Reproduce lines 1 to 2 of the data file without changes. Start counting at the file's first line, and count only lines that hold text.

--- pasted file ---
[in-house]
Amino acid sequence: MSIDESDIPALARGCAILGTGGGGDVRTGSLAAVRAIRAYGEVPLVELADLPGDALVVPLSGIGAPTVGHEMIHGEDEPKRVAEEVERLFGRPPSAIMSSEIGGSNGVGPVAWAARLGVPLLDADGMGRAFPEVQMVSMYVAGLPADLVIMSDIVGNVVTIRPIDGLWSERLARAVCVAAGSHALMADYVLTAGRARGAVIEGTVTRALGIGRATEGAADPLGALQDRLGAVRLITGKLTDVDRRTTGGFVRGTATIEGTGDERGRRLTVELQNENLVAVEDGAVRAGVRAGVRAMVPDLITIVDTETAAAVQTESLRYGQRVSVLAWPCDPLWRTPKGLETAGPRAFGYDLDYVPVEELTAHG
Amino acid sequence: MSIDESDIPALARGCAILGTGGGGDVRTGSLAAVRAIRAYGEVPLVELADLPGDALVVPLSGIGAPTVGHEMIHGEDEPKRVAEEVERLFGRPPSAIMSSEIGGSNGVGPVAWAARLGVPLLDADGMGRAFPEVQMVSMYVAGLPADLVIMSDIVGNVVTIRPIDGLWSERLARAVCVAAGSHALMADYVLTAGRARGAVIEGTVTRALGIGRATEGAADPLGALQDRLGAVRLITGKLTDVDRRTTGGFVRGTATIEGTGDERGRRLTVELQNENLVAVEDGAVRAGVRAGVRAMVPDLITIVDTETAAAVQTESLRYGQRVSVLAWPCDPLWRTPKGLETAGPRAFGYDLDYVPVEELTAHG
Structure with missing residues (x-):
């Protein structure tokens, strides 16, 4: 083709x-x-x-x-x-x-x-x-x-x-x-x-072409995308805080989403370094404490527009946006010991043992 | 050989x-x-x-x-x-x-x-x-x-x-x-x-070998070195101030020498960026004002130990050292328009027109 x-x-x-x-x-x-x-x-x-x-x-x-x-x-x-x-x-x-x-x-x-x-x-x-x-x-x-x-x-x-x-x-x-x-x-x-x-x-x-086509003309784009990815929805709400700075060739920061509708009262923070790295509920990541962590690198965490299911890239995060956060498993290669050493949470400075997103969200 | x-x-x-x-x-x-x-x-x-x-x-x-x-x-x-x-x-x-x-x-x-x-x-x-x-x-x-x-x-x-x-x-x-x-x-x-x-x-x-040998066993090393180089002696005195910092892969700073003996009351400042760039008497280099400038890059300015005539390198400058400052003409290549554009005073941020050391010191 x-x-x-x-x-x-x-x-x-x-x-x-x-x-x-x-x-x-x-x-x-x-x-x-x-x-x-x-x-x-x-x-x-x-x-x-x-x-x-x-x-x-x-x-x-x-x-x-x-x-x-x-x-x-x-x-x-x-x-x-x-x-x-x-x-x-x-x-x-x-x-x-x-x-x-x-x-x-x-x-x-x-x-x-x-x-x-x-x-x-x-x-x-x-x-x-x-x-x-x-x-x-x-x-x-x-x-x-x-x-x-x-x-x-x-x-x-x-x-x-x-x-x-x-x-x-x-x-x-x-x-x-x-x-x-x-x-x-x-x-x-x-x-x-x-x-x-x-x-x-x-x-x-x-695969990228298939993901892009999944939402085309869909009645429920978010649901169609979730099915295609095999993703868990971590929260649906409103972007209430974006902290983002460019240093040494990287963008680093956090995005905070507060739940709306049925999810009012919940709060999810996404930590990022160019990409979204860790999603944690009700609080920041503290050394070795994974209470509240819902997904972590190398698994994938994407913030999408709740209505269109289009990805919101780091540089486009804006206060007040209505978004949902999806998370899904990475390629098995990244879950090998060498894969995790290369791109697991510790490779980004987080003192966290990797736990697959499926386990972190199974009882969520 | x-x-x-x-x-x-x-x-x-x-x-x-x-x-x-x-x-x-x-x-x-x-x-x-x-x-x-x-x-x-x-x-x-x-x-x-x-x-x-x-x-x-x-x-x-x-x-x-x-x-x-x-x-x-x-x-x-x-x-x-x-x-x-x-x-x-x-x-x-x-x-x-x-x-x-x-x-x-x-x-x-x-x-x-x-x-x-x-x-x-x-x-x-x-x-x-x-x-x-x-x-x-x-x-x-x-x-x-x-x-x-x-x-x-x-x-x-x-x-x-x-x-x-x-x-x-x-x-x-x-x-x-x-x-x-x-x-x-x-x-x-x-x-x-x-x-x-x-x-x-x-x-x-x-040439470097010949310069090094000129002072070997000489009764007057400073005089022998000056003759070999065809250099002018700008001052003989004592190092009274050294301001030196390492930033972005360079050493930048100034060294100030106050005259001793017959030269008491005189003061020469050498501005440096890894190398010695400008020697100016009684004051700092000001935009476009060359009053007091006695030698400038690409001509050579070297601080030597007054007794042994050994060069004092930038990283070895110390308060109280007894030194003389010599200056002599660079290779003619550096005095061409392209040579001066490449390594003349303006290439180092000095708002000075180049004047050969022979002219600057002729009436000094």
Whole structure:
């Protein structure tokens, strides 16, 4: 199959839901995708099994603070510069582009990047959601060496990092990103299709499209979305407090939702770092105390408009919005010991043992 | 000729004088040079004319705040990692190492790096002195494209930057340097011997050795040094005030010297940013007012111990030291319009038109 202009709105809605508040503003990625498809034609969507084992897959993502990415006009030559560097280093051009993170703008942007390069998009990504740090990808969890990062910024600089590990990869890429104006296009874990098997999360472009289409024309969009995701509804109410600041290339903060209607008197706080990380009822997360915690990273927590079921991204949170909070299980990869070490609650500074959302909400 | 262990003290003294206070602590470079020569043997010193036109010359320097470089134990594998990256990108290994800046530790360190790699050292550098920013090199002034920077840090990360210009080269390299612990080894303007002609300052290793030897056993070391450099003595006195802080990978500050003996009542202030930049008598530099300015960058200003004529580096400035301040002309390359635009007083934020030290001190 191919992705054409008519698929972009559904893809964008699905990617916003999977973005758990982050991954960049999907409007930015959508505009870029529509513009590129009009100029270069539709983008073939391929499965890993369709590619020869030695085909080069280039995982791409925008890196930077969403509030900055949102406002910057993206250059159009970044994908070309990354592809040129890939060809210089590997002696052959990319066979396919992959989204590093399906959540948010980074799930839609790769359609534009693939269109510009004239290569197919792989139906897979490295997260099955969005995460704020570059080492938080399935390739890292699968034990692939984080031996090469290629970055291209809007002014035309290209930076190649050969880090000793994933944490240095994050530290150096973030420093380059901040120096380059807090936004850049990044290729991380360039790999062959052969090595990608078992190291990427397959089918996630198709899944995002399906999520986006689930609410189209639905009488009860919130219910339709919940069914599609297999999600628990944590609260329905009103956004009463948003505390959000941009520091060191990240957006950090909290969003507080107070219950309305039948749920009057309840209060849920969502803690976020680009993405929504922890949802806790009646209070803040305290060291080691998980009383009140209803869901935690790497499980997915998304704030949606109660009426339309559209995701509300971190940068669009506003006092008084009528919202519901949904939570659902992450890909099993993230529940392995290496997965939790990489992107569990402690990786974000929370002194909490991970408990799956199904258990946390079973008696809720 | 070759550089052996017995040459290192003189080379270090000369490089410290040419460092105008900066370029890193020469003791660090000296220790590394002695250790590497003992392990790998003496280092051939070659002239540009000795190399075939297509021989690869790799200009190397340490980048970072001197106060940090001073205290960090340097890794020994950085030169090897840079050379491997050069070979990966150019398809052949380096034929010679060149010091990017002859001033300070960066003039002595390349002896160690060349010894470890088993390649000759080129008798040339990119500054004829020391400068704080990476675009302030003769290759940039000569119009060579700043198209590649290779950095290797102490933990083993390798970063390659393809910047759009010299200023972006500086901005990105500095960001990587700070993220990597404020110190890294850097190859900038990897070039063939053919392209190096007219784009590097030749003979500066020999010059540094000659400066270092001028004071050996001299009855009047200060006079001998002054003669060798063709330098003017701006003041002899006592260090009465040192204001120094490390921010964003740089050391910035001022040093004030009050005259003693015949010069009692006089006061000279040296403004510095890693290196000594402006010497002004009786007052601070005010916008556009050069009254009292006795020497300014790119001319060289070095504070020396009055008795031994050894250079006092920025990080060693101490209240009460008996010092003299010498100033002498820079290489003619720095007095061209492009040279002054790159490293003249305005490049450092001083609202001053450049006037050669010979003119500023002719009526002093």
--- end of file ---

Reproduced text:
[in-house]
Amino acid sequence: MSIDESDIPALARGCAILGTGGGGDVRTGSLAAVRAIRAYGEVPLVELADLPGDALVVPLSGIGAPTVGHEMIHGEDEPKRVAEEVERLFGRPPSAIMSSEIGGSNGVGPVAWAARLGVPLLDADGMGRAFPEVQMVSMYVAGLPADLVIMSDIVGNVVTIRPIDGLWSERLARAVCVAAGSHALMADYVLTAGRARGAVIEGTVTRALGIGRATEGAADPLGALQDRLGAVRLITGKLTDVDRRTTGGFVRGTATIEGTGDERGRRLTVELQNENLVAVEDGAVRAGVRAGVRAMVPDLITIVDTETAAAVQTESLRYGQRVSVLAWPCDPLWRTPKGLETAGPRAFGYDLDYVPVEELTAHG